In an interview with StateImpact, senior advisor Mike Hogan suggests that a capabilities market, which values the ability to rapidly change output or flex demand around the energy available from rising shares of variable  renewable resources (e.g, wind and solar), is more appropriate for Texas than the capacity market in place now. “It’s way too soon to say the Texas market has been a failure. It’s probably too soon to say it’s been a success. But certainly a lot of eyes of the world are on Texas right now to see what Texas is going to do in this situation because it’s a big question that a lot of people are struggling with,” said  Mr. Hogan.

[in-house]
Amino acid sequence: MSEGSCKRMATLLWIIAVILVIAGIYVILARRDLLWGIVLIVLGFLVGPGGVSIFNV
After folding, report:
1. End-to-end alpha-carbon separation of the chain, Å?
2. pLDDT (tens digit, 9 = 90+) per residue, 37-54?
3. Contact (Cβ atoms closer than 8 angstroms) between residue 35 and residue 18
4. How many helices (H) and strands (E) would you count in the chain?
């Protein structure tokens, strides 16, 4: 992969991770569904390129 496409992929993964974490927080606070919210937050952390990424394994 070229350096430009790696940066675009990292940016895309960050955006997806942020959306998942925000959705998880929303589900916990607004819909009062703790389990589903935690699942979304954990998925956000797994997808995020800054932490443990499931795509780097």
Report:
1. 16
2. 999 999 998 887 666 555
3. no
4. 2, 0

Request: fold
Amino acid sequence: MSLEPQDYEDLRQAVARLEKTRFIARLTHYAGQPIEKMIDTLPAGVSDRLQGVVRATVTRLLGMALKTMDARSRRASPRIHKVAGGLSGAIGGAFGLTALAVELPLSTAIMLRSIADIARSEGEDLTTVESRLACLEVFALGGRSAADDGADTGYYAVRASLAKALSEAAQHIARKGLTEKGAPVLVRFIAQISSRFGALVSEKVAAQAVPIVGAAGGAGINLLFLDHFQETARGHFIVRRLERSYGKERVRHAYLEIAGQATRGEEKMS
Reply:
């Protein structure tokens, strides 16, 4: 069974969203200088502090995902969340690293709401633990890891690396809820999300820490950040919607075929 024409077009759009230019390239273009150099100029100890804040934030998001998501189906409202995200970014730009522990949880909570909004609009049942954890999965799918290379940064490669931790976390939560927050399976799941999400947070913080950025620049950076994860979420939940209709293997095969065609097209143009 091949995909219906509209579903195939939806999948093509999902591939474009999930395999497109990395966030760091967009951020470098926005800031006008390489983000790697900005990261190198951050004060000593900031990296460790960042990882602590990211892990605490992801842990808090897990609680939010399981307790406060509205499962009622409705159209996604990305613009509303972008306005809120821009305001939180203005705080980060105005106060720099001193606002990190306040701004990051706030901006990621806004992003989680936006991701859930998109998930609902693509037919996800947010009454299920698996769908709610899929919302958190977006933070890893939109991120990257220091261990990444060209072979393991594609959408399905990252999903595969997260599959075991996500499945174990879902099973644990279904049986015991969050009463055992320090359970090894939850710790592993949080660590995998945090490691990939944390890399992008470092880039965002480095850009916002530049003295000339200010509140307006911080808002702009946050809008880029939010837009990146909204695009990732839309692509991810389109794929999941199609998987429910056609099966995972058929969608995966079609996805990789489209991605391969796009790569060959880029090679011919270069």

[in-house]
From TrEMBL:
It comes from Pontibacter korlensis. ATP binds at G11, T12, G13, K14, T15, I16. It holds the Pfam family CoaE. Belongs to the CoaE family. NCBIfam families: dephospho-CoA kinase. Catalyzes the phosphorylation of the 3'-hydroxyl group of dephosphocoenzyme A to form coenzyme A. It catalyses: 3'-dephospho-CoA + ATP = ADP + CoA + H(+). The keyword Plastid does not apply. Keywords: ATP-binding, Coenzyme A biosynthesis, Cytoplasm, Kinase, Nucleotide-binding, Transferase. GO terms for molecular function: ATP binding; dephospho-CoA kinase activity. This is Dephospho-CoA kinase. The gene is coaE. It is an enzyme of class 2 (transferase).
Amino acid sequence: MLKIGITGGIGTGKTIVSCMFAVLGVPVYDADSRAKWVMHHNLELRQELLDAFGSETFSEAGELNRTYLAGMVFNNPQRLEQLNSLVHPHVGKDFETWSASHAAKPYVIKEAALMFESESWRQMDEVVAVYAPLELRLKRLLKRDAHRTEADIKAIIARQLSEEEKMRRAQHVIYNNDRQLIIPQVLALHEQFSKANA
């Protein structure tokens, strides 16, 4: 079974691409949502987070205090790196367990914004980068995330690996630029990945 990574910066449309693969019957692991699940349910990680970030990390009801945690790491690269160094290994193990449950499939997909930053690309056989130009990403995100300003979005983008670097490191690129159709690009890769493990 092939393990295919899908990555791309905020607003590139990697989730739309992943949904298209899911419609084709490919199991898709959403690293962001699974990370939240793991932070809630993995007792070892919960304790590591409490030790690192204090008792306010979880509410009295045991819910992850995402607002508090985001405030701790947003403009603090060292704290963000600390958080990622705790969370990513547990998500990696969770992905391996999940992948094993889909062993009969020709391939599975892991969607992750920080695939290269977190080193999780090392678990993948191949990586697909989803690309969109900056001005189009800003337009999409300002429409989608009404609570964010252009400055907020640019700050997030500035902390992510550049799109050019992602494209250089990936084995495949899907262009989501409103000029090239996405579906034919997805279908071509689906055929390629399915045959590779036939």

Citing experience in New England, which has a capacity market, Mr. Hogan said, “We might just find out Texas actually doesn’t need any new capacity, at least not right now.” Instead, a beyond capacity markets approach, which rewards market participants for their ability to deliver system quality–the right mix of resource capabilities deployed to ensure that supply can be balanced with demand in every moment, is better-suited to meeting Texas’ goal of maintaining enough generation capacity to cover the state’s expected electricity needs at “economically optimal” cost. New England avoided the need for new capacity in part because it allowed demand response resources to compete with new generation in its capacity market.

Read the full article, Texans Use Less Power than Expected, Baffling State Regulators, and listen to the audio here.